As human beings it is part of our nature to classify everything – animals, plants, books and of course people. The problem is that in our haste to classify the things we often only see one part of a person/event and make snap judgements, and snap judgements create stereotypes. And of course the media pushes stereotypes down our throats – current affairs programs show us that all lower socio-economic people are slackers, all ‘boat people’ are terrorists and queue jumpers, and all elderly people are gullible pensioners just waiting to be duped.
This is why, when I heard Chimamanda Adichie’s talk I knew that it would be the basis of an activity for the project.
There are three talks that have informed this activity, seems to be a trend at the moment. The first talk is Chimamanda Adichie: The danger of a single story which is about how we limit the way we think of others and even ourselves if we limit ourselves to a single story of cultures, races and people in general. The second talk is Bill Strickland makes change with a slideshow which is an incredibly inspirational talk about not believing the stereotypes around poor people, and the power of treating them like they deserve more. The third talk is from Derek Sivers: Weird, or just different? which is a simple idea that something that is obvious to our culture may be completely different in another culture, but just as valid.
The focus of this activity is to challenge my own preconceptions of people and events based around their story and what I think I might know. I know that I am just as guilty of this as everyone else. I have my own preconceptions about cultures, races, countries, politics, as well as lesser characteristics. Whilst I might try not to think of the world, and the people of it, in a black and white/stereotype way – well I am human and that is how we function.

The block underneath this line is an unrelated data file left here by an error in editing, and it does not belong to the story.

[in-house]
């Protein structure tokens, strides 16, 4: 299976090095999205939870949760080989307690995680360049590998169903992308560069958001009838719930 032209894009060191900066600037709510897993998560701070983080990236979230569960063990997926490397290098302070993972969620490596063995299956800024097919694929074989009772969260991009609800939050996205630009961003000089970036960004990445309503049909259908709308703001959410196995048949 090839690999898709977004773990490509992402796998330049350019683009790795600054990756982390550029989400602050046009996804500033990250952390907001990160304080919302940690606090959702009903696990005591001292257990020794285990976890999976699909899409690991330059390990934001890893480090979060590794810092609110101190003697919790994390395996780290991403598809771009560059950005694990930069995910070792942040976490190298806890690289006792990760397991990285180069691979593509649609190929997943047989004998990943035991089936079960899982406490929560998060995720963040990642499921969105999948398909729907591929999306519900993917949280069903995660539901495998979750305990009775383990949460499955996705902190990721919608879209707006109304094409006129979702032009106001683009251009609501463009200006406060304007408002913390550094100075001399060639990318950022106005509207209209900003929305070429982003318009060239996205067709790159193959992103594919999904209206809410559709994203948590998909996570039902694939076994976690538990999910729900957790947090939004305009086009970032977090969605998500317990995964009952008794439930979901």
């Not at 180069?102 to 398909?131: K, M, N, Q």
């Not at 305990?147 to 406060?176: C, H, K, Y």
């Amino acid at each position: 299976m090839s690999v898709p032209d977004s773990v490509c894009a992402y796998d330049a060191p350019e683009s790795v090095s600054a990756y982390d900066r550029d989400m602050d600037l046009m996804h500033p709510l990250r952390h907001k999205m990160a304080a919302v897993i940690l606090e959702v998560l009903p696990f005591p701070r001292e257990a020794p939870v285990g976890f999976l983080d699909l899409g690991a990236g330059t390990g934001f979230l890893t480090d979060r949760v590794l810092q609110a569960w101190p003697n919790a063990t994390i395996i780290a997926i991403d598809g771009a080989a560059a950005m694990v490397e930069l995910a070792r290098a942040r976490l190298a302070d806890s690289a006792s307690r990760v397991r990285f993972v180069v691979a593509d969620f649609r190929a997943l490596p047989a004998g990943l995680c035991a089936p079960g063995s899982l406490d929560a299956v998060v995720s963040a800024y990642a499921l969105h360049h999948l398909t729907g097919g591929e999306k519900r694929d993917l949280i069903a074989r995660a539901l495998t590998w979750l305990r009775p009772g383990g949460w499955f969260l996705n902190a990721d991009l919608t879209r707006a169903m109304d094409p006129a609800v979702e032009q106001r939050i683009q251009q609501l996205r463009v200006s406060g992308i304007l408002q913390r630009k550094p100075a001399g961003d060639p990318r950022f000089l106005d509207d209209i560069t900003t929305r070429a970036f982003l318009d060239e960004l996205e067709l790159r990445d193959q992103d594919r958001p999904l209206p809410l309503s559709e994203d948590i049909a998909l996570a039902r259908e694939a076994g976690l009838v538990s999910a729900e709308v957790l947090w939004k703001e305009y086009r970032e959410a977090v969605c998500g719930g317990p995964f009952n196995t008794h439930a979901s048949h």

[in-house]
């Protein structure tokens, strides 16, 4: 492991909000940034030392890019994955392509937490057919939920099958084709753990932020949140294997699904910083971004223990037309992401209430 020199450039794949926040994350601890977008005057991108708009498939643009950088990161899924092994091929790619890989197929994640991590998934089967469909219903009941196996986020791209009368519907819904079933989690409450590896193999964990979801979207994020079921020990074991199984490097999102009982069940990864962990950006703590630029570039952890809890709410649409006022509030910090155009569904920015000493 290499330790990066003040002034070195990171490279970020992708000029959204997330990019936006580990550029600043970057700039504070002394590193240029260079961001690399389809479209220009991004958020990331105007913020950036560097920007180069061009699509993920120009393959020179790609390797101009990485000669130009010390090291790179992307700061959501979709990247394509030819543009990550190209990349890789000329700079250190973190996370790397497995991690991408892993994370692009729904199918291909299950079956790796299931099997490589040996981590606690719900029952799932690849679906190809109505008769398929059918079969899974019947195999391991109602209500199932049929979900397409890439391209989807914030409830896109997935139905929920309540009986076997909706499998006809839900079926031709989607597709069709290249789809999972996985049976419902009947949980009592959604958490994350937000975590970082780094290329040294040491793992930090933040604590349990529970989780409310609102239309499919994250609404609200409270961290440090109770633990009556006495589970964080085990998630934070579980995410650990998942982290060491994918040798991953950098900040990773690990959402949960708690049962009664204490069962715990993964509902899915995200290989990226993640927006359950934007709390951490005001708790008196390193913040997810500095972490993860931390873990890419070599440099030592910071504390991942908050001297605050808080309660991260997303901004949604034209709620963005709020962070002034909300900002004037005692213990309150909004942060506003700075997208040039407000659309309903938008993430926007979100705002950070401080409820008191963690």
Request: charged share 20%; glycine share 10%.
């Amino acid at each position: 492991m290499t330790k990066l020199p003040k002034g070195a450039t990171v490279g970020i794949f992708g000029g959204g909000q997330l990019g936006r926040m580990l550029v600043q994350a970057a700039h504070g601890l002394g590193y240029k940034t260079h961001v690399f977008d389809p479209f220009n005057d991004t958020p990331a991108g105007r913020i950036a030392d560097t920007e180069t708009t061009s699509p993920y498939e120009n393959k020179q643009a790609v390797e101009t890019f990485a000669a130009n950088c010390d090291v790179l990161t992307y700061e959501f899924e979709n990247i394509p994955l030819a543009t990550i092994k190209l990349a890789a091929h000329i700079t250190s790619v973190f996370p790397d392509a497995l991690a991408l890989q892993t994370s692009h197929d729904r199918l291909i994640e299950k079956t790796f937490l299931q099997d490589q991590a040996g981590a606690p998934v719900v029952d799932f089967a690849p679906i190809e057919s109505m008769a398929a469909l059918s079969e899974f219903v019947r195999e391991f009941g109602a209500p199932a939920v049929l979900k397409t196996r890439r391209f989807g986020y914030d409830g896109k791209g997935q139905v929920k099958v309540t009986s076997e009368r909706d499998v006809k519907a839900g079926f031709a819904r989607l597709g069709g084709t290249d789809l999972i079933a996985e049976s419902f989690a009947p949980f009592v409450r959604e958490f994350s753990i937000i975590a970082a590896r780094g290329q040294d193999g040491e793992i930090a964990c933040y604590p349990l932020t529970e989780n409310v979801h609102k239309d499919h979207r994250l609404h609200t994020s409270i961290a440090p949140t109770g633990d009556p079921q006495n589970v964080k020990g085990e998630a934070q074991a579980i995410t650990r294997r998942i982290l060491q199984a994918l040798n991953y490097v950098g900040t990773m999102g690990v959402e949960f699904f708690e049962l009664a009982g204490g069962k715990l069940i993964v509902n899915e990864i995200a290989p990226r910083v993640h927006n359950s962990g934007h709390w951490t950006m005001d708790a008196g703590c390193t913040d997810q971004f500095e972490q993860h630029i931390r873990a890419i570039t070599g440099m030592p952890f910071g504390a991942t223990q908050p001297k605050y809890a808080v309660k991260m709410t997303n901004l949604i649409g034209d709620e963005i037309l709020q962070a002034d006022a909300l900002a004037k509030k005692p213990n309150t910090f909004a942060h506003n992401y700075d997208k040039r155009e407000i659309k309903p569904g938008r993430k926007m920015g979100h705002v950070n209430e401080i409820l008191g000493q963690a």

To focus on those preconceptions/stereotypes and even prejudices for 30 days and try to acknowledge and overcome them will be a huge challenge.
There are two main parts of this activity:
- Maintain awareness of when I am judging people or thinking of them based on a single story or a preconception of them. When I catch myself doing this I need to think about whether the assumptions that I am making about them alters the way I treat them, as opposed to other people in the same situation. And yes I know that there is a part of this that is fundamental to practising compassion.
- This is the more time consuming part of the activity. I will make a concerted effort to find out more than the single story that the media might be pushing about a person, event, incident etc.
A great example of the latter part of this activity is Kony2012. I watched the YouTube video, along with millions of other people, and I was moved in a very emotional way about their cause and what they were trying to do. But I didn’t think about the other stories that might be around this, which have come out in a very big way since the launch of Kony2012.
The thing is that when I heard the first lot of criticism I was a bit close minded to it, after all I had emotionally invested myself in the cause through the movie. But then I realised that I should find out more about it, that there were passionate people speaking out against it and they must have a reason why. So I read quite a few articles about the issues people have with the Invisible Children, and I think that some of the criticisms are legitimate. So now I am sort of Kony neutral. I hope that they find him and prosecute him, but I am not willing to put my time, effort or money into it.
It will be a hard 30 days, since I intend on challenging my beliefs, which is never an easy thing. But I really feel that this is an important activity to do.
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